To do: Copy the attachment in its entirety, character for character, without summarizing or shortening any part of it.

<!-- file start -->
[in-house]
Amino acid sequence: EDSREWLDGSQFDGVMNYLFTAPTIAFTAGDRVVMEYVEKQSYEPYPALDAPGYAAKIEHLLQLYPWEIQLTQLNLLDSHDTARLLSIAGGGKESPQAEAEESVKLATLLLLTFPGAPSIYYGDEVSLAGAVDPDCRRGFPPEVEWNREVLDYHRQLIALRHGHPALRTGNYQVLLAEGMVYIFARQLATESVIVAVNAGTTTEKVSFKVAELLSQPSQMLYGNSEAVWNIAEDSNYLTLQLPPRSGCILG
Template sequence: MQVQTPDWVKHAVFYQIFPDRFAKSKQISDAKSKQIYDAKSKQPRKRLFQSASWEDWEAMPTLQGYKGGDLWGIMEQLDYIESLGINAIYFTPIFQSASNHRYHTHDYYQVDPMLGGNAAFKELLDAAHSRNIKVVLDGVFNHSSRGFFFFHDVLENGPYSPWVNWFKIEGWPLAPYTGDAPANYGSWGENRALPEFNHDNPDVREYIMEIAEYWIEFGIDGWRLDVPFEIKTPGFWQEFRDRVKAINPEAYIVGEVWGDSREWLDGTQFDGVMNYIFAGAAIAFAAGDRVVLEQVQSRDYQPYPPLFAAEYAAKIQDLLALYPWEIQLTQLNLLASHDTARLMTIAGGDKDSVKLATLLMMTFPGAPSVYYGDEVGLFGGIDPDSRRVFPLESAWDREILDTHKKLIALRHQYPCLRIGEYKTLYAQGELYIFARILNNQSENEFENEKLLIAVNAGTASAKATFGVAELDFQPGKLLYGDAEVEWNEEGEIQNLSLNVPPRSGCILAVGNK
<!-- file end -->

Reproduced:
[in-house]
Amino acid sequence: EDSREWLDGSQFDGVMNYLFTAPTIAFTAGDRVVMEYVEKQSYEPYPALDAPGYAAKIEHLLQLYPWEIQLTQLNLLDSHDTARLLSIAGGGKESPQAEAEESVKLATLLLLTFPGAPSIYYGDEVSLAGAVDPDCRRGFPPEVEWNREVLDYHRQLIALRHGHPALRTGNYQVLLAEGMVYIFARQLATESVIVAVNAGTTTEKVSFKVAELLSQPSQMLYGNSEAVWNIAEDSNYLTLQLPPRSGCILG
Template sequence: MQVQTPDWVKHAVFYQIFPDRFAKSKQISDAKSKQIYDAKSKQPRKRLFQSASWEDWEAMPTLQGYKGGDLWGIMEQLDYIESLGINAIYFTPIFQSASNHRYHTHDYYQVDPMLGGNAAFKELLDAAHSRNIKVVLDGVFNHSSRGFFFFHDVLENGPYSPWVNWFKIEGWPLAPYTGDAPANYGSWGENRALPEFNHDNPDVREYIMEIAEYWIEFGIDGWRLDVPFEIKTPGFWQEFRDRVKAINPEAYIVGEVWGDSREWLDGTQFDGVMNYIFAGAAIAFAAGDRVVLEQVQSRDYQPYPPLFAAEYAAKIQDLLALYPWEIQLTQLNLLASHDTARLMTIAGGDKDSVKLATLLMMTFPGAPSVYYGDEVGLFGGIDPDSRRVFPLESAWDREILDTHKKLIALRHQYPCLRIGEYKTLYAQGELYIFARILNNQSENEFENEKLLIAVNAGTASAKATFGVAELDFQPGKLLYGDAEVEWNEEGEIQNLSLNVPPRSGCILAVGNK